Sex toys, after all, grew out of the 1960s porn industry and there is still a lingering embarrassment around their purchase and use. So Michael Topolovac and Ti Chang knew that if they asked women if they’d be prepared to wear a vibrator out in public, hanging from a necklace, their interviewees might either recoil in horror or laugh in their faces.
There were other problems to overcome, too, says Topolovac. “When I first had the idea for Crave, it struck me that these products are very male-dominated, both in terms of who was designing them and the nature of the product itself,” he says.
“By applying good design through understanding the user and the quality experience they are looking for, you can create design-focused products, rather than approaching it like a novelty item, where a dolphin or bunny rabbit meets a penis.”
It’s this thoughtful approach that has enabled Crave to go on to launch its vibrator necklace, the Vesper, which has not only been its best-selling product to date, but also racked up a stack of design awards.
More like a piece of jewellery than something you’d hide in the back of a bedside drawer, the sleek, brushed stainless steel, 9.65cm pendant-cum-vibrator hangs from a delicate chain around its wearer’s neck. Of course, users can keep this USB rechargeable device in a drawer at home if they like, but as a necklace, it serves as a conversation starter, fulfilling Crave’s mission of encouraging conversations about sexuality and desire.
“I wanted to create a gorgeous object that functions equally well as a vibrator and as jewellery, with no compromises. People should be able to own their pleasure, in private and public,” says Ti Chang, Crave’s co-founder and lead designer.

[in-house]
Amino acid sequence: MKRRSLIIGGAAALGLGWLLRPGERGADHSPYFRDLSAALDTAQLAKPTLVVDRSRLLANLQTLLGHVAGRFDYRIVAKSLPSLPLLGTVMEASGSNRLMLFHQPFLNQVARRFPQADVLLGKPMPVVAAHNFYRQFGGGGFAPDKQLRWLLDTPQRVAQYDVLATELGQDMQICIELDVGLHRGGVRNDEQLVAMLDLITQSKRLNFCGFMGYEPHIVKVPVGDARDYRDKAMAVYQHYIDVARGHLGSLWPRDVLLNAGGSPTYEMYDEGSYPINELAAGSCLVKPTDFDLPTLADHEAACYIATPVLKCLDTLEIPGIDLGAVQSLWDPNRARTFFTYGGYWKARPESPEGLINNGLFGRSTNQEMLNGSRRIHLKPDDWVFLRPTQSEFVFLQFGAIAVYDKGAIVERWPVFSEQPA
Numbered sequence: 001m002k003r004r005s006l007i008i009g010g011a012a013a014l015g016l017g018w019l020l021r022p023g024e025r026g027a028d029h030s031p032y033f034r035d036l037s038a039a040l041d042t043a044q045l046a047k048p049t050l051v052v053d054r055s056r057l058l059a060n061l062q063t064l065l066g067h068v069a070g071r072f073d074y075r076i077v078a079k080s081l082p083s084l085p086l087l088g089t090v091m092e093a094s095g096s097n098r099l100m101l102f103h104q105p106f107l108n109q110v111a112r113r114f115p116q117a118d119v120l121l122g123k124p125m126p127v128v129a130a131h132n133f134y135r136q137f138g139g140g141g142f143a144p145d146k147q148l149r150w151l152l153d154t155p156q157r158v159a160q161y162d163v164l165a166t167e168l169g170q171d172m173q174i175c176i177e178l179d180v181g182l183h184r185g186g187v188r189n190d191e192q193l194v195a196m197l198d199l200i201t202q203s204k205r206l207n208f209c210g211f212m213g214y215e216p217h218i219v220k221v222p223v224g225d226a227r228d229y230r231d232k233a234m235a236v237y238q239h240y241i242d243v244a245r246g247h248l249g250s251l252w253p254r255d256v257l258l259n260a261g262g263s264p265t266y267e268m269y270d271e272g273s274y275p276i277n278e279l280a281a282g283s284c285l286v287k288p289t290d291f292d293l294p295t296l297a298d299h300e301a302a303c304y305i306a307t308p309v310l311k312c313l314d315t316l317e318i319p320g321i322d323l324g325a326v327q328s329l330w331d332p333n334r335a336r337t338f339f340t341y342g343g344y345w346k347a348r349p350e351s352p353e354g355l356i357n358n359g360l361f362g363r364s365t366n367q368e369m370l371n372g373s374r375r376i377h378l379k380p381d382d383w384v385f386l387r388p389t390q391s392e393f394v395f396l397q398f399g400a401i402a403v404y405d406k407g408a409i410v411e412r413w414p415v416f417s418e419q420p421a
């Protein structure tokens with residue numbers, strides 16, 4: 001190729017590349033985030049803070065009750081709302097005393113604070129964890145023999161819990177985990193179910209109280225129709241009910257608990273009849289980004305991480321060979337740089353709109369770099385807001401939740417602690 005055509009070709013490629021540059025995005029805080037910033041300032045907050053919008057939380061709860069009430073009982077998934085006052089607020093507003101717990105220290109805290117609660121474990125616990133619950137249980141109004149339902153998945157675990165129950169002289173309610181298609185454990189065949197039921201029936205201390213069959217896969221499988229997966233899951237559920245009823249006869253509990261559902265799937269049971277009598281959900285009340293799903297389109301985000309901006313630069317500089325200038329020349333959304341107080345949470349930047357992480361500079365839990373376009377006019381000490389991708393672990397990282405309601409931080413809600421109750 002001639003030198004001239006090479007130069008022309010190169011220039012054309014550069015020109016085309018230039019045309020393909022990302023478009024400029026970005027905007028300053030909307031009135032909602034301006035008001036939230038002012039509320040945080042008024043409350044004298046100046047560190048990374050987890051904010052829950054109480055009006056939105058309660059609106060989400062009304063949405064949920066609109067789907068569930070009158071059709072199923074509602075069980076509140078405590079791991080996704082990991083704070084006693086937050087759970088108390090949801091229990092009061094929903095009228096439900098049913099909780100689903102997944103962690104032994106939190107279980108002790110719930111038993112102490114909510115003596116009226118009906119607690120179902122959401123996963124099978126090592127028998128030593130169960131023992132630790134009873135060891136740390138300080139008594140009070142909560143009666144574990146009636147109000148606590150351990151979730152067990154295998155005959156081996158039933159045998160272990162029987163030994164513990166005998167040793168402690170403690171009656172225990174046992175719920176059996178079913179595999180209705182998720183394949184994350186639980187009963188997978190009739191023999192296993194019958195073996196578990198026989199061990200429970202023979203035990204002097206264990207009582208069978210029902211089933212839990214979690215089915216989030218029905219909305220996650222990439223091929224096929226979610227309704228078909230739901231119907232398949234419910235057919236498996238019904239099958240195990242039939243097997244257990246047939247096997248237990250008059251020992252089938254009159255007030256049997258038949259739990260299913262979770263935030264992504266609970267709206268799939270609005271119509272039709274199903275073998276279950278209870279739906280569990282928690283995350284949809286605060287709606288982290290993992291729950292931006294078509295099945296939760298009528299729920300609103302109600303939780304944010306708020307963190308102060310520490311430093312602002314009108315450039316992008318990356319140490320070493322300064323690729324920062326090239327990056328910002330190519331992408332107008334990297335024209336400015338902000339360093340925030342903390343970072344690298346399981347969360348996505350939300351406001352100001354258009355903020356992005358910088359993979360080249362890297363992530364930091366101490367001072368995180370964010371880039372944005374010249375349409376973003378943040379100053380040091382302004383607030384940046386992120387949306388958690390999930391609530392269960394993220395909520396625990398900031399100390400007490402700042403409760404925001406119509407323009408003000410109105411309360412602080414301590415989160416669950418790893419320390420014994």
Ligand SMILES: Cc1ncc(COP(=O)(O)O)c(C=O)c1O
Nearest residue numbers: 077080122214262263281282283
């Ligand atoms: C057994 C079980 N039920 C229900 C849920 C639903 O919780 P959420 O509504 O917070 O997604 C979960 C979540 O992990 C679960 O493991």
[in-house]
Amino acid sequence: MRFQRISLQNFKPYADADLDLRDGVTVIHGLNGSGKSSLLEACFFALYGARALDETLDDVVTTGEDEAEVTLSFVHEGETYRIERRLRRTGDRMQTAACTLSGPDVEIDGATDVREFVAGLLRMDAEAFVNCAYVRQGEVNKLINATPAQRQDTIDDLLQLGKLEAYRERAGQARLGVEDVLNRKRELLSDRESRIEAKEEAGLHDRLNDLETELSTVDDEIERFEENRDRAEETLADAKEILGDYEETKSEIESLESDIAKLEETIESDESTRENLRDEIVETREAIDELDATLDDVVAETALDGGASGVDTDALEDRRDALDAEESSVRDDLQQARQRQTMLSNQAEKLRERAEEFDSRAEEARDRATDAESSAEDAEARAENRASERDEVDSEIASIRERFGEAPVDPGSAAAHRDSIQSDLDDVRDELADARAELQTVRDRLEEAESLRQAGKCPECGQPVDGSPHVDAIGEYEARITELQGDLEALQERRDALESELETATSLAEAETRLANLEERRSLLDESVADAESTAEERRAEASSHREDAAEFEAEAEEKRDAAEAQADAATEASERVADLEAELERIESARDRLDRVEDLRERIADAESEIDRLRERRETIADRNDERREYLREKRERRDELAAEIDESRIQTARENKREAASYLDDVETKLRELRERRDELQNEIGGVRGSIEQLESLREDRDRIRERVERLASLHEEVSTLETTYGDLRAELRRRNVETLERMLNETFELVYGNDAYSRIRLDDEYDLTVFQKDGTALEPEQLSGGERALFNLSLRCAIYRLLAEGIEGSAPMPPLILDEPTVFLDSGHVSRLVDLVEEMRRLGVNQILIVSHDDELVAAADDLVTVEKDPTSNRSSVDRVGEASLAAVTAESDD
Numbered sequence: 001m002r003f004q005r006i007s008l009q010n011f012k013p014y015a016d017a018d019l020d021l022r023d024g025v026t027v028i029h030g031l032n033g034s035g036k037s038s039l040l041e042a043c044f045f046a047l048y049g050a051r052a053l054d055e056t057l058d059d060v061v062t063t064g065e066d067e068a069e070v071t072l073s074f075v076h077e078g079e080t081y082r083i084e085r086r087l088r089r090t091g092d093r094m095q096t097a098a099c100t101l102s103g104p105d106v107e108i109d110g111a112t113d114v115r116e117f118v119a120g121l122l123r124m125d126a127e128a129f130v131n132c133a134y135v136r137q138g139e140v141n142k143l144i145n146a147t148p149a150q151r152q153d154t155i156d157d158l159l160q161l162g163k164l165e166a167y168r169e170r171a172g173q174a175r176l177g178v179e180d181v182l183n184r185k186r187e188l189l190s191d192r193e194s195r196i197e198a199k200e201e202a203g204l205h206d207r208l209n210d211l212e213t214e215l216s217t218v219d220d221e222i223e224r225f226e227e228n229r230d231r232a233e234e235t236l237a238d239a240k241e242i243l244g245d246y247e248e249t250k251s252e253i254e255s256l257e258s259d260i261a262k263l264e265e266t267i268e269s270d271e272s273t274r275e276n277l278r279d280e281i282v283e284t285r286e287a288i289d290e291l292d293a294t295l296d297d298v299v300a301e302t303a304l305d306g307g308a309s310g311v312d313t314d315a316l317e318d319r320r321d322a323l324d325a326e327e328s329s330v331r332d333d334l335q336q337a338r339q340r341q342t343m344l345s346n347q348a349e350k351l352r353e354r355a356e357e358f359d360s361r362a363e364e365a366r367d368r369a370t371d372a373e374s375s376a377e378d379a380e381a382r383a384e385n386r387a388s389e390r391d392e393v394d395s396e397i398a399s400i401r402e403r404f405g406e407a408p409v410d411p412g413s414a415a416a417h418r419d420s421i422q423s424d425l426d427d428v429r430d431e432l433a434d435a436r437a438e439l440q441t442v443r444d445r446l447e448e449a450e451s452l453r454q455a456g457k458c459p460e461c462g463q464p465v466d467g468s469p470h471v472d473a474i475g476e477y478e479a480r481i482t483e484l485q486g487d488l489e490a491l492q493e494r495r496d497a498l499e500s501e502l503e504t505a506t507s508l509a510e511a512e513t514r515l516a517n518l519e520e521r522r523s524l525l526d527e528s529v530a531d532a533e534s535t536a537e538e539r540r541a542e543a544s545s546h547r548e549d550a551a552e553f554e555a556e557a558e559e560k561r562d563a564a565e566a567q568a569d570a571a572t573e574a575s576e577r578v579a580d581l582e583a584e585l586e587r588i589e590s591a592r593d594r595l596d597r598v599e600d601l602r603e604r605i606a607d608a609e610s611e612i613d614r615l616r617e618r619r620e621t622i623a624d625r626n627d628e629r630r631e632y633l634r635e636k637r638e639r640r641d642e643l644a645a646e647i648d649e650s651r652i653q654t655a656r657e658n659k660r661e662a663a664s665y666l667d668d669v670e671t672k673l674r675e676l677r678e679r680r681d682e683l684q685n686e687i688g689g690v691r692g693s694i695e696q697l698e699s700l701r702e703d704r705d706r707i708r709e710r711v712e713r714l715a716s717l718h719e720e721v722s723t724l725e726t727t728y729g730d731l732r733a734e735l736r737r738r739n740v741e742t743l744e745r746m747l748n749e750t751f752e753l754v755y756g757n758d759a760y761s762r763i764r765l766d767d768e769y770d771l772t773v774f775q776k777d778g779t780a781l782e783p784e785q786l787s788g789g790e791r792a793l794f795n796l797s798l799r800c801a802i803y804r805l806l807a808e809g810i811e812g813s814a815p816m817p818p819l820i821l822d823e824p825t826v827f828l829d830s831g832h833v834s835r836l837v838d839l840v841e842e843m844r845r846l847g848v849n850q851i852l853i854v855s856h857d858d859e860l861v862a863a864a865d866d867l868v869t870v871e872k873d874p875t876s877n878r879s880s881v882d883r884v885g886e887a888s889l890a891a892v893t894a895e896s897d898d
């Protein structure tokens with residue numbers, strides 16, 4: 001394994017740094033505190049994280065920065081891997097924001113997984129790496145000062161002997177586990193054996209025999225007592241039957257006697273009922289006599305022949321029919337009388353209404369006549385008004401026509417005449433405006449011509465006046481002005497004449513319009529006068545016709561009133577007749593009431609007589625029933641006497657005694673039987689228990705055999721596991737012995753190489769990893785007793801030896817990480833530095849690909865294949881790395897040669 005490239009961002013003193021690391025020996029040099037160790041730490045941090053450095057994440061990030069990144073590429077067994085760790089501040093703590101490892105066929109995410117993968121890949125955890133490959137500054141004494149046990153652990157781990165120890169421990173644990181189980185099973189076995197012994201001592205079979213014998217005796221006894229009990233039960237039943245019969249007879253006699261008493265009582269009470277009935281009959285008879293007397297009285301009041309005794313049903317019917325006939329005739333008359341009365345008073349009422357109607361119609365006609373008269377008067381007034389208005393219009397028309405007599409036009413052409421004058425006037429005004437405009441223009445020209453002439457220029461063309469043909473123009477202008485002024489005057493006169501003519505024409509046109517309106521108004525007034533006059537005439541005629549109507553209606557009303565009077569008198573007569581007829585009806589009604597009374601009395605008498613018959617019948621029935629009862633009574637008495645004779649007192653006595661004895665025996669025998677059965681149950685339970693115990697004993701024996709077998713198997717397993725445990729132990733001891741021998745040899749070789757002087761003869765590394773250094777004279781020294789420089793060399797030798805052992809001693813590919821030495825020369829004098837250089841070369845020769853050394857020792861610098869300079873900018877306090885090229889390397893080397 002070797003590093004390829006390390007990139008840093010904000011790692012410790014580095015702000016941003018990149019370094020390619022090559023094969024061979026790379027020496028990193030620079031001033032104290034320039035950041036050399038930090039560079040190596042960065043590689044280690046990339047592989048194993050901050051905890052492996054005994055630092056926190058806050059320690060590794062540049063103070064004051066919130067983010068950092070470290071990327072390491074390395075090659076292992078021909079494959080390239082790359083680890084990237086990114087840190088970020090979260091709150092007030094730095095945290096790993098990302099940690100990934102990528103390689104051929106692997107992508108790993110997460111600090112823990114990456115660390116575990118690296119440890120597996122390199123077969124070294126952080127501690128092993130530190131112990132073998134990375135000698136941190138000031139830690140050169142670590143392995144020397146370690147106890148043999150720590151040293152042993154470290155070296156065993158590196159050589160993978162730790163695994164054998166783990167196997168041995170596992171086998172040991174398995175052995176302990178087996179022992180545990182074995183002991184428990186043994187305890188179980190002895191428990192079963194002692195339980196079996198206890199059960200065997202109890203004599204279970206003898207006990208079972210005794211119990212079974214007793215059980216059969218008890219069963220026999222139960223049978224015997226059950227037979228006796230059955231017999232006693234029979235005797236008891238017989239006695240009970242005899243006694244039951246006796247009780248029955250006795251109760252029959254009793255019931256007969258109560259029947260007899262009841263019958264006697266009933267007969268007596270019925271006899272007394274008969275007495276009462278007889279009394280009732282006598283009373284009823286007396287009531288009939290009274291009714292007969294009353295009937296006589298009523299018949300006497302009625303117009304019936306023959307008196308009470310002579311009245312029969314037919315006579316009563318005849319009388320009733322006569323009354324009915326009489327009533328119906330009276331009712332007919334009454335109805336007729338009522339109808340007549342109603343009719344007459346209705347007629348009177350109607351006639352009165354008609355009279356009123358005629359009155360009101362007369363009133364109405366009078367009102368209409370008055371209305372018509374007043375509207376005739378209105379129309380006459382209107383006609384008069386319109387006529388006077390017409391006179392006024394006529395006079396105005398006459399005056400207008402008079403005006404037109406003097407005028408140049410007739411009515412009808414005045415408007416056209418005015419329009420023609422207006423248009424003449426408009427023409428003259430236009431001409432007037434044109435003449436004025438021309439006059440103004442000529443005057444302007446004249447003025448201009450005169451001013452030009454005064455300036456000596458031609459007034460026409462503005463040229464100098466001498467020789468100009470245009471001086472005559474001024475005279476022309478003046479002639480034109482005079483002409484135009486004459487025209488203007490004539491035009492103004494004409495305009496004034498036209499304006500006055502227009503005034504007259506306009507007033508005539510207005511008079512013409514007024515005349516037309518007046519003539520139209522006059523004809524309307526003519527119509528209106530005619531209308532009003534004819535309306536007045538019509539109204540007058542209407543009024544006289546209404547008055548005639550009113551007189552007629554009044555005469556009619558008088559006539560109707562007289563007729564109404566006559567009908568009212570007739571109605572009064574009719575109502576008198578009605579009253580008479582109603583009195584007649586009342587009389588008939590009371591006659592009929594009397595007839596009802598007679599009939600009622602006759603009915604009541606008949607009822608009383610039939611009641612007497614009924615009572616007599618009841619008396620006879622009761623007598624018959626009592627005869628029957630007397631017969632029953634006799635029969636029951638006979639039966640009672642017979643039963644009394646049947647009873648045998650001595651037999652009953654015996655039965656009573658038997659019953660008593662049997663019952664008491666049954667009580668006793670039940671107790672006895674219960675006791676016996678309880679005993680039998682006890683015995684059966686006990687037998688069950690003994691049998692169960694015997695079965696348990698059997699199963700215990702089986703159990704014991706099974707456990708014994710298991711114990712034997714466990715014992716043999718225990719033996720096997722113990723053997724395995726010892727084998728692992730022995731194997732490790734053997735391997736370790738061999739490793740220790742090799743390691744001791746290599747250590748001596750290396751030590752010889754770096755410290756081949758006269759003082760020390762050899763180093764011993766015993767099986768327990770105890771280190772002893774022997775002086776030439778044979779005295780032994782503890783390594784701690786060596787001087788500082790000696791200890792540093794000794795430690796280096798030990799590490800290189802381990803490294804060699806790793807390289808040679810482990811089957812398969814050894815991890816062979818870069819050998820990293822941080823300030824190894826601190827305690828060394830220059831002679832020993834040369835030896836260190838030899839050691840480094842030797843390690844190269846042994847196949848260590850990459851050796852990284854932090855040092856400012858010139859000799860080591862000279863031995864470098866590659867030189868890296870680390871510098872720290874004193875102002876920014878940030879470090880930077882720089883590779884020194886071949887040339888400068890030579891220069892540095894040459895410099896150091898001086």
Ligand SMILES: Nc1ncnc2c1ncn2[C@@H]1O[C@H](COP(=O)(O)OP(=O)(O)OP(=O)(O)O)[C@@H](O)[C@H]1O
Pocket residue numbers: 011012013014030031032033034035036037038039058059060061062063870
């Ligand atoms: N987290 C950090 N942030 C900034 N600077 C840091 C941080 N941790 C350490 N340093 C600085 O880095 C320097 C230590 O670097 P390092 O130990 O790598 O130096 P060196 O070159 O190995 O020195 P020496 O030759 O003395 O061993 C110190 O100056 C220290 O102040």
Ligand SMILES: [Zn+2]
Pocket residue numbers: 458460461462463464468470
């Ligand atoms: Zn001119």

Craving a change
But how did a seasoned entrepreneur with a background in PLM cloud computing (Topolovac) and a skilled industrial designer (Chang) come together to reimagine sex toys?
Chang, whose family immigrated from Taiwan to the US when she was six years old, knew nothing about industrial design until she found herself majoring in the subject at college. With a scholarship to Georgia Tech, she knew she didn’t want to major in engineering, so her choice was between architecture and industrial design.
She chose the latter and has never looked back. She went on to complete her Masters degree at the Royal College of Art in London on the Design Products programme.
During her career, Chang has designed a variety of products, from hairbrushes to furniture. At Trek, a US bicycle manufacturer, she was the company’s first industrial designer.
“I was working on a team of ten guys and on my first day, they realised they didn’t have a women’s bathroom for me. So they had to find a small closet, clean it out and immediately build one. They all ended up using my toilet anyway, because it was nicer,” she laughs.
But, as the years went on, Chang realised that her real passion lay in designing better consumer products for women.
The catalyst that sent her down the path of designing sex toys came in about 2008, when she stepped inside a sex shop. It wasn’t her first time inside one, she says, but this time, as she stood aghast looking at the wall of items in front of her, she suddenly recognised the huge disconnect that lies between what women want from these intimate products and what is actually on offer to them.